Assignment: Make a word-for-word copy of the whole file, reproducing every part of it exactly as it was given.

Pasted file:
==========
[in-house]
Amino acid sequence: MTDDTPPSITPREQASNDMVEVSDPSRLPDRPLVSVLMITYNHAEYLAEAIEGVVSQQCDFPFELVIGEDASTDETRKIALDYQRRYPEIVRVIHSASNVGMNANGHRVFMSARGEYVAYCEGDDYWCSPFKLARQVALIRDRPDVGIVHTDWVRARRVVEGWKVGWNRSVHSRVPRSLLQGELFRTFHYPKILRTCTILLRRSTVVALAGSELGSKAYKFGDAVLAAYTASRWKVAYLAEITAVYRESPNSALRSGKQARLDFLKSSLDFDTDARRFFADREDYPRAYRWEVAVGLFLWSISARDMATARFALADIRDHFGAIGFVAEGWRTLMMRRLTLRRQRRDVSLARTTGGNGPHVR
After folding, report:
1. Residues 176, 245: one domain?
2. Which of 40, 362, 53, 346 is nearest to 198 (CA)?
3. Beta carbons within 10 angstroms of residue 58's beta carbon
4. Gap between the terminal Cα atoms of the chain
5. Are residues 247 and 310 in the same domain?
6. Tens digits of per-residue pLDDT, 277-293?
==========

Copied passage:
[in-house]
Amino acid sequence: MTDDTPPSITPREQASNDMVEVSDPSRLPDRPLVSVLMITYNHAEYLAEAIEGVVSQQCDFPFELVIGEDASTDETRKIALDYQRRYPEIVRVIHSASNVGMNANGHRVFMSARGEYVAYCEGDDYWCSPFKLARQVALIRDRPDVGIVHTDWVRARRVVEGWKVGWNRSVHSRVPRSLLQGELFRTFHYPKILRTCTILLRRSTVVALAGSELGSKAYKFGDAVLAAYTASRWKVAYLAEITAVYRESPNSALRSGKQARLDFLKSSLDFDTDARRFFADREDYPRAYRWEVAVGLFLWSISARDMATARFALADIRDHFGAIGFVAEGWRTLMMRRLTLRRQRRDVSLARTTGGNGPHVR
After folding, report:
1. Residues 176, 245: one domain?
2. Which of 40, 362, 53, 346 is nearest to 198 (CA)?
3. Beta carbons within 10 angstroms of residue 58's beta carbon
4. Gap between the terminal Cα atoms of the chain
5. Are residues 247 and 310 in the same domain?
6. Tens digits of per-residue pLDDT, 277-293?